Autonomous Weapon Systems and the Threshold of Non-International Armed Conflict
Sasha Radin & Jason Coats, Autonomous Weapon Systems and the Threshold of Non-international Armed Conflict, 30 Temple Int'l & Comp. L.J. 133 (2016)
18 Pages Posted: 19 Dec 2016 Last revised: 11 Jan 2017
Date Written: June 1, 2016
The ongoing international humanitarian law (IHL) discussion predominantly centers on whether States’ development and employment of AWS can comply with certain fundamental obligations contained in this body of law. Many of the legal challenges discussed will arise irrespective of whether they are used by armed groups or States. Specific concerns pertaining to armed groups, however, may be raised in determining whether hostilities between a State and an armed group, or between two or more such groups, reaches the threshold of a non-international armed conflict, thus triggering the applicable body of IHL. This article examines whether reliance on AWS by armed groups could have legal consequences for when the threshold of a non-international armed conflict is crossed.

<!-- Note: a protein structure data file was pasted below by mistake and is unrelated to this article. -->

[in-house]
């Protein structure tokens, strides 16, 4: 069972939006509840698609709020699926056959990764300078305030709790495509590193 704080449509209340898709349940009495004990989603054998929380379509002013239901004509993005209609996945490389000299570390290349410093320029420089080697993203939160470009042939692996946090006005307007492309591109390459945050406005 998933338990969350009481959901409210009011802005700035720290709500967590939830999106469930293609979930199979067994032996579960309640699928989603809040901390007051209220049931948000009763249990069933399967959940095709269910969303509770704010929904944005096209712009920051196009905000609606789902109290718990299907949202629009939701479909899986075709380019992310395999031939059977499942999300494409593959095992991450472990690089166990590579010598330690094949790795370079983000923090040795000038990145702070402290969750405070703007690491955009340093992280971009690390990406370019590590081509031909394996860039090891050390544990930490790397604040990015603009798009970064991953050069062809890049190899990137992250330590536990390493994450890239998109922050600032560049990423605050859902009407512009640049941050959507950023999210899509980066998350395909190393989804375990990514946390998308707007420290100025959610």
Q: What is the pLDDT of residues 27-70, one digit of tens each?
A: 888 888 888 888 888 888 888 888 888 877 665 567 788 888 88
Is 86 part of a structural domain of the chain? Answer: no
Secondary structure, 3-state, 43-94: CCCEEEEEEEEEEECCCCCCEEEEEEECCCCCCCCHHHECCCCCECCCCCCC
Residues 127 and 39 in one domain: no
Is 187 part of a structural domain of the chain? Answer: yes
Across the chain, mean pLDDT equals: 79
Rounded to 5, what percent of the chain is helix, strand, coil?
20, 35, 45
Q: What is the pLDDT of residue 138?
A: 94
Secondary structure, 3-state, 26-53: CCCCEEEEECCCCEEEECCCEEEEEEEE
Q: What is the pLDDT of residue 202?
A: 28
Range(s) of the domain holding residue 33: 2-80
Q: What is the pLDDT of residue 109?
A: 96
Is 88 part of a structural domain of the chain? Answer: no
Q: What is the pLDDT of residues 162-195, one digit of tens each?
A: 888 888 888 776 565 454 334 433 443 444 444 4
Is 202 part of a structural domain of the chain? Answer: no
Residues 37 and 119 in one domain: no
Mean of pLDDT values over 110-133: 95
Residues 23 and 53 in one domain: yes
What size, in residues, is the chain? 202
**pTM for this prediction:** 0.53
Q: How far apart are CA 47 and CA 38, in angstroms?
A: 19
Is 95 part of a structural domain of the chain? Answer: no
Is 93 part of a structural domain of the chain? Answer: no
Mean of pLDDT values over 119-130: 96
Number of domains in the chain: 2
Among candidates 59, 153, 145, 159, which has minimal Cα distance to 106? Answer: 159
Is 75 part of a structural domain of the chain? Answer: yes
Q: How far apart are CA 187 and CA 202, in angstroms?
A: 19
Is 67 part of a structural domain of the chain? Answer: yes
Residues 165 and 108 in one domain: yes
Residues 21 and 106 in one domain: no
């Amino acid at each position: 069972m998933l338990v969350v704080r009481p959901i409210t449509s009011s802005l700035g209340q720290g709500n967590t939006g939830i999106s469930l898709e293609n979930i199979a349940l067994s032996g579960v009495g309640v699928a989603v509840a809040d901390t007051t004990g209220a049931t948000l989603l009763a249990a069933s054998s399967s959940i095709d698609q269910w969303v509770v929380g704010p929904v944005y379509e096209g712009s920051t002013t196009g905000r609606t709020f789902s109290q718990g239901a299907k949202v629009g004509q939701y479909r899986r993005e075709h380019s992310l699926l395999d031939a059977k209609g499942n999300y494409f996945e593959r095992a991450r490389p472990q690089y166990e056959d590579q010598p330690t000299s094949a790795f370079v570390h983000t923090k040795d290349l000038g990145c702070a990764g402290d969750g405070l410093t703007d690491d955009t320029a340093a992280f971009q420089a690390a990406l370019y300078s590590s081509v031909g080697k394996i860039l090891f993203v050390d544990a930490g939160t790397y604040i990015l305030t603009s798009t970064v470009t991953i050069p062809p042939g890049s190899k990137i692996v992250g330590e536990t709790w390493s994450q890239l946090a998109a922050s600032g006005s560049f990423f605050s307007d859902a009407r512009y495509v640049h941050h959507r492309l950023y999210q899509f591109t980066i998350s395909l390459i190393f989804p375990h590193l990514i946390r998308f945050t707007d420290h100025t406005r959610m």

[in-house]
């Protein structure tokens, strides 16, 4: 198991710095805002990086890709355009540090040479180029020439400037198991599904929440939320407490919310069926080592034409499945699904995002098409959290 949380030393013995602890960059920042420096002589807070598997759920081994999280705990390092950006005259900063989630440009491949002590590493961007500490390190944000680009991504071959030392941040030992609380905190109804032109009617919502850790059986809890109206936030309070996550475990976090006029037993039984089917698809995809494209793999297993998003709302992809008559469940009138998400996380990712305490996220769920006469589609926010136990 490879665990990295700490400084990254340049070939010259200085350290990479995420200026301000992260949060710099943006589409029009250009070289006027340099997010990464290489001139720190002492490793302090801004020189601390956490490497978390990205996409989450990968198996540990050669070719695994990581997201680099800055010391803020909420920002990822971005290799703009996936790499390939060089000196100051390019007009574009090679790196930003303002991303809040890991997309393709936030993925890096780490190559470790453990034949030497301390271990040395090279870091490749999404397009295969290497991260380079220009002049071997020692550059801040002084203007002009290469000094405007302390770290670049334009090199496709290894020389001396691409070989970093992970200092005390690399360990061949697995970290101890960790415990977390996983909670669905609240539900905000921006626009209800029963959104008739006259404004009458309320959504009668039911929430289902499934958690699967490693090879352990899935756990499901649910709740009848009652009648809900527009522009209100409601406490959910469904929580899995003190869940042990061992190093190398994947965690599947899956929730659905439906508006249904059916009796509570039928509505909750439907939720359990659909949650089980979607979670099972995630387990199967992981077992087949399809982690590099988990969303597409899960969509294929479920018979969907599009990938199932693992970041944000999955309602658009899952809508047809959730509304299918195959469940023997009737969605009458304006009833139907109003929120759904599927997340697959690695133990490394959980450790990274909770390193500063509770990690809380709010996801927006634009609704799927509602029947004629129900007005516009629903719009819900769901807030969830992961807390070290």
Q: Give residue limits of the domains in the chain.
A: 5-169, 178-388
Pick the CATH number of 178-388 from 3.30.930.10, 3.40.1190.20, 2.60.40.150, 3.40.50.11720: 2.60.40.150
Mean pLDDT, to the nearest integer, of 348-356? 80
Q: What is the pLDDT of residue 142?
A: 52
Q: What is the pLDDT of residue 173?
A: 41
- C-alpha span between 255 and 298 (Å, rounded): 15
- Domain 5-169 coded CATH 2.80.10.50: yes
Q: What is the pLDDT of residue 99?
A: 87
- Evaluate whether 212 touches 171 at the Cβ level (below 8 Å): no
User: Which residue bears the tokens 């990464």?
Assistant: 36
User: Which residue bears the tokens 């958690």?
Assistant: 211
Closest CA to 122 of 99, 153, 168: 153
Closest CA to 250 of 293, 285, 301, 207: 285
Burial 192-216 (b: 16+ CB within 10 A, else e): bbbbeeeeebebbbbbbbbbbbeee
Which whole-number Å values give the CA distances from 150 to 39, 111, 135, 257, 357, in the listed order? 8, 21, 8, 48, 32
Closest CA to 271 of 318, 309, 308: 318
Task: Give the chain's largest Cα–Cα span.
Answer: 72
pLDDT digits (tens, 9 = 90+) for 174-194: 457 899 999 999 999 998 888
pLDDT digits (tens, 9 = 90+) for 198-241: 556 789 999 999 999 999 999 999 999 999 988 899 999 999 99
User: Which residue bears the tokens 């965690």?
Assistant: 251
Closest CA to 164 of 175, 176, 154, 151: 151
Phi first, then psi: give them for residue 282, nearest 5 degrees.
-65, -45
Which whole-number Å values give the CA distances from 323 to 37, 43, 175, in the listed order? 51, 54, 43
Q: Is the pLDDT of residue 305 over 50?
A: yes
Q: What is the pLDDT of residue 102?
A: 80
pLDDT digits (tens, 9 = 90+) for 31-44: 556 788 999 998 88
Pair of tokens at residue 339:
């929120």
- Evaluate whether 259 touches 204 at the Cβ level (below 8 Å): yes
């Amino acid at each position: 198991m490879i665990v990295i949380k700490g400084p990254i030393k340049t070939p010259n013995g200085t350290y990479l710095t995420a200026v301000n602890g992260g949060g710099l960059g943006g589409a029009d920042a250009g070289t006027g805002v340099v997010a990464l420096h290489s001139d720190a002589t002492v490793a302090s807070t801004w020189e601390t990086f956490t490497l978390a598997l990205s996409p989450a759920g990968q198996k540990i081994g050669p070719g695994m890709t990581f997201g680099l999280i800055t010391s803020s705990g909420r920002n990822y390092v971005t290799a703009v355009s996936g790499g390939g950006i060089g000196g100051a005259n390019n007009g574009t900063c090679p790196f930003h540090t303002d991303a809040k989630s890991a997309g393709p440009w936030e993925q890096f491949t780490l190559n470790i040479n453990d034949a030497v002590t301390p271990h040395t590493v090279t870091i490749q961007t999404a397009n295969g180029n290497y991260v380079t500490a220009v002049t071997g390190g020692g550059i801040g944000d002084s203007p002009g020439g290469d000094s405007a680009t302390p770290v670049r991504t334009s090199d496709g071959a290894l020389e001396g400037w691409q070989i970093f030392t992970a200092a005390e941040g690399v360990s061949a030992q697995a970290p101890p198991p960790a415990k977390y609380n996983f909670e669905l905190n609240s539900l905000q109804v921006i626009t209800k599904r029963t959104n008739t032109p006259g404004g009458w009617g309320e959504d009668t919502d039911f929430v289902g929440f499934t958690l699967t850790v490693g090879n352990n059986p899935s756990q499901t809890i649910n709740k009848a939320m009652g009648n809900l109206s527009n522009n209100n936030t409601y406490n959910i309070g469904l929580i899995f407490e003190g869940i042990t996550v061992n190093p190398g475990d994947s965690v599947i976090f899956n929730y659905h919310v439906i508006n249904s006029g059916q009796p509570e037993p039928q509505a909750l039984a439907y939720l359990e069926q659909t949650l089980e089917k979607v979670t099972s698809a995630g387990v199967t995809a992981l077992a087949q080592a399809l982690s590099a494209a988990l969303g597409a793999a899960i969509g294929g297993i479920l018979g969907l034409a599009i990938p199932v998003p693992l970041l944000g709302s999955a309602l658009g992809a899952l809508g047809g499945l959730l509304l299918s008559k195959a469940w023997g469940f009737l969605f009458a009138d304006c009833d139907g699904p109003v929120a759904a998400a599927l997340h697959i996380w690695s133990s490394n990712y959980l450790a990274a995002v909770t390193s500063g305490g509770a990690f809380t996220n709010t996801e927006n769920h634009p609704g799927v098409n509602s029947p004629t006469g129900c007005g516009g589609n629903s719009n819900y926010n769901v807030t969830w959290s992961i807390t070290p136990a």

Keywords: AWS, autonomous weapon systems, armed groups, terrorists, technology, organization, LOAC, IHL, law of armed conflict, conflict classification
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